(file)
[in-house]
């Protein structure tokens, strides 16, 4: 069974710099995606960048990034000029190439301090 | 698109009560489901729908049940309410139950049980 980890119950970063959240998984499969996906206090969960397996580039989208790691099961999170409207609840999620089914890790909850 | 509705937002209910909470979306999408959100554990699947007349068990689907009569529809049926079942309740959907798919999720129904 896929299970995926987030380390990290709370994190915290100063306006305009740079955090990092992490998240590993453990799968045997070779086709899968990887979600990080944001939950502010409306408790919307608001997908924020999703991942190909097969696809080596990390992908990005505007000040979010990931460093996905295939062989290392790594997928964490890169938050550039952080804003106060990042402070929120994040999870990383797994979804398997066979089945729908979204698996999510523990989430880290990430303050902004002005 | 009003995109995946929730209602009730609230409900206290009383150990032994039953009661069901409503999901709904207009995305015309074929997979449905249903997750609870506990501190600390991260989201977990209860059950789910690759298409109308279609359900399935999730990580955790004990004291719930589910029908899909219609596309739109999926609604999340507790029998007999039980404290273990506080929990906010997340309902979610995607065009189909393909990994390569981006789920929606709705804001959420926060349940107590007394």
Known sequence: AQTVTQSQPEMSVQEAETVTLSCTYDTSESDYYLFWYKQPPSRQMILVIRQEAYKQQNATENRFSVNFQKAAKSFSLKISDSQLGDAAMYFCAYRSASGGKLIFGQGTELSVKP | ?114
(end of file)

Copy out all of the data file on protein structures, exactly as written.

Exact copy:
[in-house]
């Protein structure tokens, strides 16, 4: 069974710099995606960048990034000029190439301090 | 698109009560489901729908049940309410139950049980 980890119950970063959240998984499969996906206090969960397996580039989208790691099961999170409207609840999620089914890790909850 | 509705937002209910909470979306999408959100554990699947007349068990689907009569529809049926079942309740959907798919999720129904 896929299970995926987030380390990290709370994190915290100063306006305009740079955090990092992490998240590993453990799968045997070779086709899968990887979600990080944001939950502010409306408790919307608001997908924020999703991942190909097969696809080596990390992908990005505007000040979010990931460093996905295939062989290392790594997928964490890169938050550039952080804003106060990042402070929120994040999870990383797994979804398997066979089945729908979204698996999510523990989430880290990430303050902004002005 | 009003995109995946929730209602009730609230409900206290009383150990032994039953009661069901409503999901709904207009995305015309074929997979449905249903997750609870506990501190600390991260989201977990209860059950789910690759298409109308279609359900399935999730990580955790004990004291719930589910029908899909219609596309739109999926609604999340507790029998007999039980404290273990506080929990906010997340309902979610995607065009189909393909990994390569981006789920929606709705804001959420926060349940107590007394």
Known sequence: AQTVTQSQPEMSVQEAETVTLSCTYDTSESDYYLFWYKQPPSRQMILVIRQEAYKQQNATENRFSVNFQKAAKSFSLKISDSQLGDAAMYFCAYRSASGGKLIFGQGTELSVKP | ?114